The floodgates are now open, and an outpouring of truth will commence. Now we have the funding to fight elections properly, rather than being run on a shoestring, we shall finally have the representation we should have always had.

No place for the BNP? On the contrary, dear multiracialists, there will be no place for you in the new Britain. Immigrants, but most importantly, those who support immigrants, whether they came in 1948, or were fresh off the vote from Somalia in 2009, will all be put to justice under the future BNP government in 6 years time, after Cameron has being shown to be a dismal failure.

Of course there will be no question of the so-called "mainstream" Parties doing what the British people want- they have long ago sold out to International Finance. 12 years of Labour has brought this country to its knees. 5 years of Tory rule will finish it off. They will, of course, say BNP votes are just "protest votes" up until the day Nick Griffin sits in 10 Downing Street. They did the same in Austria a few months back, where the nationalists got 29% of the vote- apparently almost 1 in 3 people were just protest voters. The "mainstream" Parties have ears, but they do not hear.

This is a great day in British politics. I personally stayed up until 2am to watch the result coming it, and the outrage of the Marxist scum on the streets of Manchester when the result was announced.

Hail Victory.

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Jason Rose Posted on Wednesday 24 Apr 2019

I think what that shows, TDL, is that UKIP aren't actually a very good political party or that publicity means anything to them. People vote for UKIP if they don't like the EU and not the other way around - so even though they have been completely ineffective, people still don't like the EU (and also don't like the main parties either) and therefore UKIP still has support.

Plus without people like Kilroy in the party they're seen as less racist than they used to be and also a good alternative to the BNP. I wasn't surprised that UKIP did well at all, to be honest, though I was surprised they won a larger national % vote than Labour.


But what the circumstance (about BNP winning with less votes) showed is exactly that which I tried to tackle, and which many others did too - apathy, a low turnout and a lack of knowledge gave the BNP two seats. We should have, as a nation, put much more effort into persuading people to vote, explaining what they needed to know etc. instead of just saying "the BNP are horrible" because ultimately nobody really bothered with the BNP but less people voted overall.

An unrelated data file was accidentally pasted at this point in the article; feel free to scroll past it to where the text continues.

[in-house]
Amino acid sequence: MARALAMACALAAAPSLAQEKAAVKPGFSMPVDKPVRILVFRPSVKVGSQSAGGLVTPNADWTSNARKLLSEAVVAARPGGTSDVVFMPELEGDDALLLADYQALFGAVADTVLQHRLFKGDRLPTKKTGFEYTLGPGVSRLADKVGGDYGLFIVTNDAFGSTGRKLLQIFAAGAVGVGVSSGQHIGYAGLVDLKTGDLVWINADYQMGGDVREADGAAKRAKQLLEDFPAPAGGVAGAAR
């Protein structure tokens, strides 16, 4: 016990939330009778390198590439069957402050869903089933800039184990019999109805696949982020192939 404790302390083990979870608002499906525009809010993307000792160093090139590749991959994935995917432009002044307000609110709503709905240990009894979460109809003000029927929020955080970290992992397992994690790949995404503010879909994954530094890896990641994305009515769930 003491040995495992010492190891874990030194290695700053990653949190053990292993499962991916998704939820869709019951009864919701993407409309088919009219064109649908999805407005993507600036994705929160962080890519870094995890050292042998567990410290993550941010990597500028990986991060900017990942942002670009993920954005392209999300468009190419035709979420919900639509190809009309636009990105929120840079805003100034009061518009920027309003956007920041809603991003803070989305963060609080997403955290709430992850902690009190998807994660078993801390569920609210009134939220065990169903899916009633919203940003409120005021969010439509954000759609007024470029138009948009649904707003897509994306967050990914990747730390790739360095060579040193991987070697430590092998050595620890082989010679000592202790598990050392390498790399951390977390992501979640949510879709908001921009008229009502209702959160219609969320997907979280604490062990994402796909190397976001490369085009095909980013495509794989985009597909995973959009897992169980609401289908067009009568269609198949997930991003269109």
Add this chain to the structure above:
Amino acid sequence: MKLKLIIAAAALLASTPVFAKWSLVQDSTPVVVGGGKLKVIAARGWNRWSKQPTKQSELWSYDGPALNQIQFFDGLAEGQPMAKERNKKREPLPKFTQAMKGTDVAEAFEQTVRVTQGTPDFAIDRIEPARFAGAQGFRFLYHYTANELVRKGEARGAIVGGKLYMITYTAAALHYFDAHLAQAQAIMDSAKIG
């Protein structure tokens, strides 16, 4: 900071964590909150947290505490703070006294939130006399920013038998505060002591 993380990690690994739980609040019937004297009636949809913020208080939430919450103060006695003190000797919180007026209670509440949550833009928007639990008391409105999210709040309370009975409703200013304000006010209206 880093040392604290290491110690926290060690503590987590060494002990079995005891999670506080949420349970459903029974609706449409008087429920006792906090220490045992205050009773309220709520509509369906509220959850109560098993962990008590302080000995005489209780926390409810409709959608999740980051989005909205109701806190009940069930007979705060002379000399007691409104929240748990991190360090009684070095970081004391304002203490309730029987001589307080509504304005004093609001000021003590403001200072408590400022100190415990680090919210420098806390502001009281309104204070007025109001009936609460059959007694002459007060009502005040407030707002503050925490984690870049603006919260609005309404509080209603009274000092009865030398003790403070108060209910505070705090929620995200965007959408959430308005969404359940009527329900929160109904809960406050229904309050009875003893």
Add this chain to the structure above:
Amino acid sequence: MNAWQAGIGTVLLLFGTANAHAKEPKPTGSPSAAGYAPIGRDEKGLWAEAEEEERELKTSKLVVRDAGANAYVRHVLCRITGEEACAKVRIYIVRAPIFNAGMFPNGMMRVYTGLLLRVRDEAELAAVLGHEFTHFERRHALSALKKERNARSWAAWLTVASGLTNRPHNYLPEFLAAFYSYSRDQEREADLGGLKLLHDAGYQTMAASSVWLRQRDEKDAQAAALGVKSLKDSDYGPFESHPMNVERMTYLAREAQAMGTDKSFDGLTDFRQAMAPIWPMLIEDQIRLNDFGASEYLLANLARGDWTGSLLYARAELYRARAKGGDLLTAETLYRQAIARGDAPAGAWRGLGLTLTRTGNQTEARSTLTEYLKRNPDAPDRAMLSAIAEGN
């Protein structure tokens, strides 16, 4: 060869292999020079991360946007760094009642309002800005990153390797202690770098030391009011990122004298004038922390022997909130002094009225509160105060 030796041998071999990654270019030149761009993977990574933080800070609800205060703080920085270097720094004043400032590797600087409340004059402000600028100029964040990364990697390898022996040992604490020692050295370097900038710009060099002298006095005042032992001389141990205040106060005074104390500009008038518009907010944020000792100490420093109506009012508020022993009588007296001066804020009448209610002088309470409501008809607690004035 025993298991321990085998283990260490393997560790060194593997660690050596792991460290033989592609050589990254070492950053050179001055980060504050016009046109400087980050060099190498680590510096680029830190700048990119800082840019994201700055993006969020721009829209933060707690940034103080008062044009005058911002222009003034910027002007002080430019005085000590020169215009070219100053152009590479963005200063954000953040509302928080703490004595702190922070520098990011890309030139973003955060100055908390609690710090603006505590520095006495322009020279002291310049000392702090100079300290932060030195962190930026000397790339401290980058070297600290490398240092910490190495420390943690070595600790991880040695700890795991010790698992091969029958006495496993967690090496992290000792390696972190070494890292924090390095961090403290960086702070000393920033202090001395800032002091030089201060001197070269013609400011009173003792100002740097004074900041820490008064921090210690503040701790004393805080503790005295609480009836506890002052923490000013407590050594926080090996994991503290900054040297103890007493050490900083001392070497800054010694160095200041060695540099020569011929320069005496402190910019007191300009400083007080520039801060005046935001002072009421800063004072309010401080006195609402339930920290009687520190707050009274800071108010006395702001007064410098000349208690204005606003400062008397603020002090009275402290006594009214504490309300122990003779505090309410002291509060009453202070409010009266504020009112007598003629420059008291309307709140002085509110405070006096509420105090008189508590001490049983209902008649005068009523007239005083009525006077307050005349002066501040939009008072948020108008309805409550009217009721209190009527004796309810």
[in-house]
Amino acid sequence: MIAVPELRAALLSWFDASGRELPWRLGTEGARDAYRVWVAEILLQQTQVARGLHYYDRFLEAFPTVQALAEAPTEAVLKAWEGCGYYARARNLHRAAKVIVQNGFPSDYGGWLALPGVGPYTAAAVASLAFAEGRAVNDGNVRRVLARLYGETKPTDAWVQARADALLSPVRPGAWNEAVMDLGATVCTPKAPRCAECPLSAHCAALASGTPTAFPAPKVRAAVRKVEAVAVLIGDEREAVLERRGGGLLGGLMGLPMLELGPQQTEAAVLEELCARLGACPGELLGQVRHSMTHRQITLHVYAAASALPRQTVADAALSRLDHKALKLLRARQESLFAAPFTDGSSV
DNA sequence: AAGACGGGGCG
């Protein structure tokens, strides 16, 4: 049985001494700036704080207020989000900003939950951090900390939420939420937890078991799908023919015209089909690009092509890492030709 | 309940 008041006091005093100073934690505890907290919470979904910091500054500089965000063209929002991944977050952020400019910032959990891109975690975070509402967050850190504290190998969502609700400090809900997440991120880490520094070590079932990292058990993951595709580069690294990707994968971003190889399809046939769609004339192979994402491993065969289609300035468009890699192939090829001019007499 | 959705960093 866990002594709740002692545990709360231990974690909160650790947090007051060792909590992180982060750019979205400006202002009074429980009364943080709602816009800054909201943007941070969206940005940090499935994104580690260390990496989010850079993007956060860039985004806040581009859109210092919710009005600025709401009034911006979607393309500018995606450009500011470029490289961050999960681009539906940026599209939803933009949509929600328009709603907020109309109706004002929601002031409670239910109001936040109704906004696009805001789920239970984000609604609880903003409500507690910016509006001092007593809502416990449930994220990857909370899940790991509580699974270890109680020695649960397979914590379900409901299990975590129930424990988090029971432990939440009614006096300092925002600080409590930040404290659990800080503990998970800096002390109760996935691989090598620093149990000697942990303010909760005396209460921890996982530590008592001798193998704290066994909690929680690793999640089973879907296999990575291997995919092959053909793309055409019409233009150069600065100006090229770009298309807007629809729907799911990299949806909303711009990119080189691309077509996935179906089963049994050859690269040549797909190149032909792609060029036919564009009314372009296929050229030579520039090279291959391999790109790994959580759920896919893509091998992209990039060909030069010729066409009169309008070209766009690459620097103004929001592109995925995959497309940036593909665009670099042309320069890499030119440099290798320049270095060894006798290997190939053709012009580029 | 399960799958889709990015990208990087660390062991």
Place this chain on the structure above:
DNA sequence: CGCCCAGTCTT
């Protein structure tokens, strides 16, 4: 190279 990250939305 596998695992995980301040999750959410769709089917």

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Chaz Posted on Wednesday 24 Apr 2019

Anon, and others that did not vote as a protest. If you really cannot see a party to vote for spoiling your ballot would be a far better way of registering your protest. It would be counted rather then considered voter apathy.

However, it would not of helped stop the BNP get in. With the wealth of minor parties available to vote for in the European elections I cannot see how you could not find any party to vote for. The green party in both cases only needed a few thousand more votes to beat the BNP.

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A person with a life Posted on Wednesday 24 Apr 2019

i was too busy to vote. not that arsed though because everyone knows that one vote wouldn't have made a difference.

its probably quite good really cos it means theres less BNP in York as some have had to go and live in europe! I think we can safely call that cashback!

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Chris Northwood Posted on Wednesday 24 Apr 2019

There is no place for facists in York.

In York, the BNP polled well below average compared to either the national average, or the Yorkshire average.

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Erik O'Connor (who voted) Posted on Wednesday 24 Apr 2019

When will they introduce online voting? There would really be no excuse whatsoever not to vote.

Except if you object to online voting in principle. Or to voting.

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James Posted on Wednesday 24 Apr 2019

Chris Northwood:

One can easily narrow down the votes to a certain area in order to give a distorted view. For instance, in my house, the BNP vote was exactly 100%. Going by the posters in the window, a good 50% of my street voted BNP. Yet I wouldn't be so arrogant as to declare "No place for multiracialists" because I'd be taking a highly unrepresentive sample.

I can guarantee there will be some street, some district, some pockets of York where the BNP polled above the national average. You can't just point to a low vote in an area and claim that represents a low support value.